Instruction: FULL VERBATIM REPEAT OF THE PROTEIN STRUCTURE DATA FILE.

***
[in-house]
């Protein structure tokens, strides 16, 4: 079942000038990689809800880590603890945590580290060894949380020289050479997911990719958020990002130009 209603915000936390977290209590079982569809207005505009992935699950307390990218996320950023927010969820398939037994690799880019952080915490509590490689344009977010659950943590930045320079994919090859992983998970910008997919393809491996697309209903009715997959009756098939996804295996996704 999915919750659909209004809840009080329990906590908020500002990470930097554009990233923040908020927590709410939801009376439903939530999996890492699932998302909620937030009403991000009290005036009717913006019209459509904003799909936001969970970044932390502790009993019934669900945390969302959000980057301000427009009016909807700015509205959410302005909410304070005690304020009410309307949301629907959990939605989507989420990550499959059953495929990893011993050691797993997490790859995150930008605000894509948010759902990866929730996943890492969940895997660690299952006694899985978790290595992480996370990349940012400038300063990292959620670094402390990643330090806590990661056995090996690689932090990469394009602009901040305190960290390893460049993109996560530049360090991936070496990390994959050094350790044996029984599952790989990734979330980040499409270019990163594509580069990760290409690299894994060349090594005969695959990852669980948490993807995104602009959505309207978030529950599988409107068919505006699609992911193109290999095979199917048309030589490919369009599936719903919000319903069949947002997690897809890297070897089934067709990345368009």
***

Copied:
[in-house]
């Protein structure tokens, strides 16, 4: 079942000038990689809800880590603890945590580290060894949380020289050479997911990719958020990002130009 209603915000936390977290209590079982569809207005505009992935699950307390990218996320950023927010969820398939037994690799880019952080915490509590490689344009977010659950943590930045320079994919090859992983998970910008997919393809491996697309209903009715997959009756098939996804295996996704 999915919750659909209004809840009080329990906590908020500002990470930097554009990233923040908020927590709410939801009376439903939530999996890492699932998302909620937030009403991000009290005036009717913006019209459509904003799909936001969970970044932390502790009993019934669900945390969302959000980057301000427009009016909807700015509205959410302005909410304070005690304020009410309307949301629907959990939605989507989420990550499959059953495929990893011993050691797993997490790859995150930008605000894509948010759902990866929730996943890492969940895997660690299952006694899985978790290595992480996370990349940012400038300063990292959620670094402390990643330090806590990661056995090996690689932090990469394009602009901040305190960290390893460049993109996560530049360090991936070496990390994959050094350790044996029984599952790989990734979330980040499409270019990163594509580069990760290409690299894994060349090594005969695959990852669980948490993807995104602009959505309207978030529950599988409107068919505006699609992911193109290999095979199917048309030589490919369009599936719903919000319903069949947002997690897809890297070897089934067709990345368009």